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enable WPO on foliage to get raytracing working on animated foliage

so im trying to use megascans trees in UE5, everything is fine and i can enable WPO if the object is a static mesh however when i want to use the trees with the foliage tool I cannot do this, and the shadows are messed up/static with raytracing enabled for instanced meshes. I have tried the workaround from this video: Troubleshooting FOLIAGE issues in Unreal Engine - YouTube (he talks about it in issue2) this sort of works but its a hassle as he says and has a bad performance impact. so i guess what im saying is I dont understand why there is no easy way to get this working? and thus, what is the industry standard way to get animated foliage working with raytracing shadows in UE5. like am i approaching the issue from a completely wrong angle?

I also tried this console command: r.Raytracing.Geometry.InstancedStaticMeshes.enableWPO 1 and It did absolutely nothing not sure if this works in UE5 and only 4 as i found it in this video, NvRTX Unreal Engine 4 Branch: Ray Traced Foliage - YouTube.

Unreal’s Ray Tracing quality is terrible, like inefficient GI, annoying reflection noise, low support for plant shadows. They prefer to use their own technologies in UE5, such as Lumen and Virtual Shadow Maps. RT is eliminated in UE5, so we can see EPIC is cautions about NVIDIA, this is a company that wants to control its own destiny.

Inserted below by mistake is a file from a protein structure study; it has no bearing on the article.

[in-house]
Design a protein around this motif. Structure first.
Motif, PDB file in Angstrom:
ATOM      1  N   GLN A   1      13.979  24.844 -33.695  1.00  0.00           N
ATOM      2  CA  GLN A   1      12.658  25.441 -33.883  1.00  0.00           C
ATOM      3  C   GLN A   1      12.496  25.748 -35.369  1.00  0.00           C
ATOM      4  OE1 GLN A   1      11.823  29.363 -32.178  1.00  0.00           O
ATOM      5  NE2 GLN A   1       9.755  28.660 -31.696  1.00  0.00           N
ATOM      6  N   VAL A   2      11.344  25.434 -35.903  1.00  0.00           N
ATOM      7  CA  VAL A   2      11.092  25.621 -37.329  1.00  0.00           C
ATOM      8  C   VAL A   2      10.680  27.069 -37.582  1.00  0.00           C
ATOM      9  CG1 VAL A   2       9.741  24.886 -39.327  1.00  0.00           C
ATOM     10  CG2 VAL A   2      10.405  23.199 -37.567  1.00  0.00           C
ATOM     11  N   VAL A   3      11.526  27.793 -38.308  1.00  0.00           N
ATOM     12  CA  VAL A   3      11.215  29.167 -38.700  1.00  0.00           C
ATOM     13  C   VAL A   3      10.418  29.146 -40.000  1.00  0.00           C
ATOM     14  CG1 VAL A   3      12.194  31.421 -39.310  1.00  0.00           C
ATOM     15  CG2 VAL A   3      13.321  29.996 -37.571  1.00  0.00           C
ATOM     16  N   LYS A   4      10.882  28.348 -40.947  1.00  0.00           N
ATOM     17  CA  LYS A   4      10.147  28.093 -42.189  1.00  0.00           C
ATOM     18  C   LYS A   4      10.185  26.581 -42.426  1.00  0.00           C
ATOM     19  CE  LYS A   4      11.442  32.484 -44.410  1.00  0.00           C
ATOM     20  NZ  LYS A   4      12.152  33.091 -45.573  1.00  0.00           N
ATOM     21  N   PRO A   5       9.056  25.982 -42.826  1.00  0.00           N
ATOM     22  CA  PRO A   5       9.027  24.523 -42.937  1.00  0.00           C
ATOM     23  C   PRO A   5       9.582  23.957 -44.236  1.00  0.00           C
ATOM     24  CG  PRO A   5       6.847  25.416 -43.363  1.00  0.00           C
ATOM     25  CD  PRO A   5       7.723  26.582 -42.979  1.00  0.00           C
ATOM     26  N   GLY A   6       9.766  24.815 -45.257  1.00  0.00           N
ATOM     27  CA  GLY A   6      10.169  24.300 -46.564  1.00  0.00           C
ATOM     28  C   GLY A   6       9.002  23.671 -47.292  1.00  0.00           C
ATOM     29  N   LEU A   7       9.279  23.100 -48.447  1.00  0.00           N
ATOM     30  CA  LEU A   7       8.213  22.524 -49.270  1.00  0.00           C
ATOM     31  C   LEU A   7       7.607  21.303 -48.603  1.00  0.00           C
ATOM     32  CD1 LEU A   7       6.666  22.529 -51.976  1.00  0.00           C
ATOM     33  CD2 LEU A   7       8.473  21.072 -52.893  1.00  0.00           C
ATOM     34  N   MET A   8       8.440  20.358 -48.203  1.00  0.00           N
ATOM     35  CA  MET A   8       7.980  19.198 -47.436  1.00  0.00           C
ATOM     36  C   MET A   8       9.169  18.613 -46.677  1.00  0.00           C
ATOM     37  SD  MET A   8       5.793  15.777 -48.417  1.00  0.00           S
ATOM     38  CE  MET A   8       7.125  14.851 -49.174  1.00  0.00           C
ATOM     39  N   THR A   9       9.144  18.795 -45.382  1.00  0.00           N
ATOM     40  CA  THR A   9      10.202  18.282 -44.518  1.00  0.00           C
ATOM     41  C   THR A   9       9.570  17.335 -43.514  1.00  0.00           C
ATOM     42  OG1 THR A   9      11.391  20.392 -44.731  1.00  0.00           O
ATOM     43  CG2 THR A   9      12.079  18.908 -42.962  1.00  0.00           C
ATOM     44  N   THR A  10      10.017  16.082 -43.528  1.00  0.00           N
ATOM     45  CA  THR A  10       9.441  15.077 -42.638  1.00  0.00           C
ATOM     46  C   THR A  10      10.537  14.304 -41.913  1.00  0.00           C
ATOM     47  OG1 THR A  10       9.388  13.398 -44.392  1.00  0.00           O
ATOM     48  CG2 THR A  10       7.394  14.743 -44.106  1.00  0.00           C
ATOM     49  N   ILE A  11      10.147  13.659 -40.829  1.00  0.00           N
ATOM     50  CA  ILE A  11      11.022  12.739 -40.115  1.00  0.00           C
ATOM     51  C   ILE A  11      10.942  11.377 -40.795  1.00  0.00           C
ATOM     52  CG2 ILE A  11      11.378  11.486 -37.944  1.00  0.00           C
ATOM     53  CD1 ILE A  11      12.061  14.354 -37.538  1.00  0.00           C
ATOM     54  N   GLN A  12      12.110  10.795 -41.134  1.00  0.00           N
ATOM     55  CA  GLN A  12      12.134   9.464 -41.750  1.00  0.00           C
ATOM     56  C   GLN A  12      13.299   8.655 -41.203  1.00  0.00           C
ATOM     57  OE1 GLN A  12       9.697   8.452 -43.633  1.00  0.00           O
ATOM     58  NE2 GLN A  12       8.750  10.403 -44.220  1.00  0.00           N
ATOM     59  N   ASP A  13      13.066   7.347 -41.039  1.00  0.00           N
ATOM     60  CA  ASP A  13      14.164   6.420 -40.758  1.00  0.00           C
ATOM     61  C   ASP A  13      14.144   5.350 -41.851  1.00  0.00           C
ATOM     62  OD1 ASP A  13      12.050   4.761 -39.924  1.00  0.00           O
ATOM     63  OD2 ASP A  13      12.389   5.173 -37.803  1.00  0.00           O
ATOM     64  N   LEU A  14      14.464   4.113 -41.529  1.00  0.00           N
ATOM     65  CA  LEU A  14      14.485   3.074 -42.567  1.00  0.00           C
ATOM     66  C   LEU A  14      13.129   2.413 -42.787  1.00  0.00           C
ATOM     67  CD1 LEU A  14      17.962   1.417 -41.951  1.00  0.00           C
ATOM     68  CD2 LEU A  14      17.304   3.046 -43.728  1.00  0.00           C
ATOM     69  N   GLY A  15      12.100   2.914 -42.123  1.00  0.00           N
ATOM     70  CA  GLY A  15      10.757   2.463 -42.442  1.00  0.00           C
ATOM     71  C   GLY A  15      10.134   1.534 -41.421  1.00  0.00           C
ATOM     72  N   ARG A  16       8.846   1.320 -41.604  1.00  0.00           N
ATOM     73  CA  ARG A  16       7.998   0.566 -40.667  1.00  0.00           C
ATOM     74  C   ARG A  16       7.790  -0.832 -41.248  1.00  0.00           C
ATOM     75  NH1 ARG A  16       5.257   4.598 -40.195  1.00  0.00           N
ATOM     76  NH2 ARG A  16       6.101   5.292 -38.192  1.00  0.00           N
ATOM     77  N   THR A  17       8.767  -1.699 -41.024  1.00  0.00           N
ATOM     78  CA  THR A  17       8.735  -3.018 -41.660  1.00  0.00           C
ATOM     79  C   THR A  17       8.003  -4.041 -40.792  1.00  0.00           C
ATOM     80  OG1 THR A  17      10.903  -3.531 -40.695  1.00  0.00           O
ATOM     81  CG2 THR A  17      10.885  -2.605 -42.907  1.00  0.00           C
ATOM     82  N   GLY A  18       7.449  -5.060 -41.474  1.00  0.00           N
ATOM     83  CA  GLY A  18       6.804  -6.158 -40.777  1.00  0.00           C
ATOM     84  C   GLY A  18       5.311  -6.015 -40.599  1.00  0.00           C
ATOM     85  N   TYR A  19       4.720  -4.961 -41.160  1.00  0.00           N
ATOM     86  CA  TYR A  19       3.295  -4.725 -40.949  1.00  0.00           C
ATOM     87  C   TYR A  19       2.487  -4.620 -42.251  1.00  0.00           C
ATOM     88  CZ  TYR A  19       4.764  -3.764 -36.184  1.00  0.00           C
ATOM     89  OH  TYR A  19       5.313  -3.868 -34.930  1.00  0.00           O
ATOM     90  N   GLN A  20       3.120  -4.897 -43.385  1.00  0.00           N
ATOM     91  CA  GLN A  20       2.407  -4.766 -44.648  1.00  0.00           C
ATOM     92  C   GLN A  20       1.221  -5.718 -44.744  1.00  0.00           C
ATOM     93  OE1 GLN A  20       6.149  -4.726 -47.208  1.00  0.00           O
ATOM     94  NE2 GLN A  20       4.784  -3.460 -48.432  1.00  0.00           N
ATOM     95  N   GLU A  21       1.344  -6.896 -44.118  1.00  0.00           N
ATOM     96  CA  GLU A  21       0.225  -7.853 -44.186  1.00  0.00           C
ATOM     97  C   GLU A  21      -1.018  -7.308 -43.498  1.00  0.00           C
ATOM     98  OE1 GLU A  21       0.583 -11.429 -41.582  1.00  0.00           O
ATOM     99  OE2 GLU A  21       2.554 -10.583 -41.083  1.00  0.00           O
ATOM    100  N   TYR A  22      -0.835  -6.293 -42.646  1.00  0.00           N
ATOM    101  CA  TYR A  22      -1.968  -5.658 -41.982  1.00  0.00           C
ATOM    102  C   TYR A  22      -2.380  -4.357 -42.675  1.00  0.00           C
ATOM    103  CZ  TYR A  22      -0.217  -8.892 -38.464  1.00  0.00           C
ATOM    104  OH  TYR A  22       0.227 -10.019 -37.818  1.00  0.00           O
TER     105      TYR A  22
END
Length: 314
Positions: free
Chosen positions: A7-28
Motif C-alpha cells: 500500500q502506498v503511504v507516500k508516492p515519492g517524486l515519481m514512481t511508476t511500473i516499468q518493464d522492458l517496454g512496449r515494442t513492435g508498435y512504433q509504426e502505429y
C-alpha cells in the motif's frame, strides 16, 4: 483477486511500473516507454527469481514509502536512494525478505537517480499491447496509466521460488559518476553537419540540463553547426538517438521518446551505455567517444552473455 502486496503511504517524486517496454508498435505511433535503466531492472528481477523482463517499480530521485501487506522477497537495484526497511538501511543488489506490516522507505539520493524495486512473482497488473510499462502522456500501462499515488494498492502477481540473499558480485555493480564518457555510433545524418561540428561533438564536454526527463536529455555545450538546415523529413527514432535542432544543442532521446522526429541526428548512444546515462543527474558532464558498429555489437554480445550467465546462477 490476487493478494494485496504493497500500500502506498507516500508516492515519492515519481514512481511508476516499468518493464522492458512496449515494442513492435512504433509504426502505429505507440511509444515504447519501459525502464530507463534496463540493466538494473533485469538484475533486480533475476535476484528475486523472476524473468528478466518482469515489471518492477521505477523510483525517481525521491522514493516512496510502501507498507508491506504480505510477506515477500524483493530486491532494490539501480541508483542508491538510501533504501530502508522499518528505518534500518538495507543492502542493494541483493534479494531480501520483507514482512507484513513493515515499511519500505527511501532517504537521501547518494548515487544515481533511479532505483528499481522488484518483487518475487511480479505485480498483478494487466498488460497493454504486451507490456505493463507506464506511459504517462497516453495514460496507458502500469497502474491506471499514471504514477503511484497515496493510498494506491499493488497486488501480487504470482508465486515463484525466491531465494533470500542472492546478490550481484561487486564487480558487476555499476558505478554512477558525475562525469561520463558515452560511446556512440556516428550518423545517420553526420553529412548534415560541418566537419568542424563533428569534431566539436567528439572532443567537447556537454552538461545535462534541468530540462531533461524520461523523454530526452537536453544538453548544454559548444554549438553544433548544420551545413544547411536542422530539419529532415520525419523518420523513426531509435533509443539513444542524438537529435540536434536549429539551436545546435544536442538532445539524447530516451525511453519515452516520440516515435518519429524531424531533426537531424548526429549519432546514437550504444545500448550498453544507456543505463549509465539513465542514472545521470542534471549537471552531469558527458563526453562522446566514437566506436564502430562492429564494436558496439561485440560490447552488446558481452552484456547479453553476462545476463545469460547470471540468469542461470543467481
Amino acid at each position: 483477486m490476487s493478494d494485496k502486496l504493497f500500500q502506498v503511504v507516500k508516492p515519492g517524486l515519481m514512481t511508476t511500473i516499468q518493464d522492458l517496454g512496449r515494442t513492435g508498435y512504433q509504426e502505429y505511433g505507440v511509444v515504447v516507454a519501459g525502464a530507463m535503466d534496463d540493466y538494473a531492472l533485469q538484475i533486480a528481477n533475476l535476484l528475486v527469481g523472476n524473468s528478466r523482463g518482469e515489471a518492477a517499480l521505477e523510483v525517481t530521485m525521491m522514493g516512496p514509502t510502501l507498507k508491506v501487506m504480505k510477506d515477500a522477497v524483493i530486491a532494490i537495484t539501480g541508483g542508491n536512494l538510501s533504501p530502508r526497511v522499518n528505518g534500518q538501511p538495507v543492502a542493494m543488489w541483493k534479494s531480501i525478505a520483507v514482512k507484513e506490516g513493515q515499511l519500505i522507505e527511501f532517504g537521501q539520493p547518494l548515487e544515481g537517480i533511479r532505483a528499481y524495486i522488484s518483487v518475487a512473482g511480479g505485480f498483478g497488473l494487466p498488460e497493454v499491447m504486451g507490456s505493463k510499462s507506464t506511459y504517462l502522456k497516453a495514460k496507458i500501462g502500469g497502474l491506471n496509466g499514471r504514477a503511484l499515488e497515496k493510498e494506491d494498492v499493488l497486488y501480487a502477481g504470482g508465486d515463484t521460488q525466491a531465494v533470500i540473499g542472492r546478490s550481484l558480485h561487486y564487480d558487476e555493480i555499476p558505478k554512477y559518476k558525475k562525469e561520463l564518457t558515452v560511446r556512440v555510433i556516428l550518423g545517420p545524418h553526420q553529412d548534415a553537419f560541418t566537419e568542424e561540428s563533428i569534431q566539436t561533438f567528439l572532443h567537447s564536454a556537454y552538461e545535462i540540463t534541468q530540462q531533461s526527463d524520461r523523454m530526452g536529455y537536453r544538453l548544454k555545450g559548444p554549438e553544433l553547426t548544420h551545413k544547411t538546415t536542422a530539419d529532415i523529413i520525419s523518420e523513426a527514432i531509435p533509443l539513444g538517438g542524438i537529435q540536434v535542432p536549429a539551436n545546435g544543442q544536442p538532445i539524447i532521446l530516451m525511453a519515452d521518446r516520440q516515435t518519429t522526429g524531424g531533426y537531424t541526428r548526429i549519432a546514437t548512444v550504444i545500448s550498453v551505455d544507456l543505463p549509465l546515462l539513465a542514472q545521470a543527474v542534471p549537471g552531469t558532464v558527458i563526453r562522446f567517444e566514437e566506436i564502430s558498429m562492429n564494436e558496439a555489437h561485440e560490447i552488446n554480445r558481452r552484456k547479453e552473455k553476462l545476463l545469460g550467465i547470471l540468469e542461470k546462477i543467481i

What are you talking about?

No company out there has successfully managed to merge hardware ray tracing with rasterization efficiently. Rasterized effects like WPO are notoriously difficult to combine with ray tracing, which often relies on acceleration structures that are hard to update in realtime when actual geometry deforms. And ray tracing has notorious issues with performance when traversing many translucent, opacity mapped triangles, such as leaves on the trees.

It’s not that Epic has made some boneheaded decision. It’s that this is a problem no one in the industry managed to solve yet, so Epic did what they usually do. They went the conservative route, because they want their engine to be an actual production engine people can rely on to ship AAA games, instead of engine which has all the new shiny features but doesn’t perform and can’t be relied on in production.

HW ray traced GI in UE4 was quite slow, and yet it was one of the fastest realtime brute force GI solutions that ever existed. If that didn’t show we’re not there yet, despite what nVidia may claim, IDK what will. How can you blame them for recognizing that and coming up with Lumen instead?

I mean look at nVidia themselves, with their RTXGI. All they could come up with is pretty much the same thing as Lumen, a volumetric probe based solution. Except with much poorer probe distribution, which has to be done manually by the user on top of that, instead being automatic, like it is with Lumen.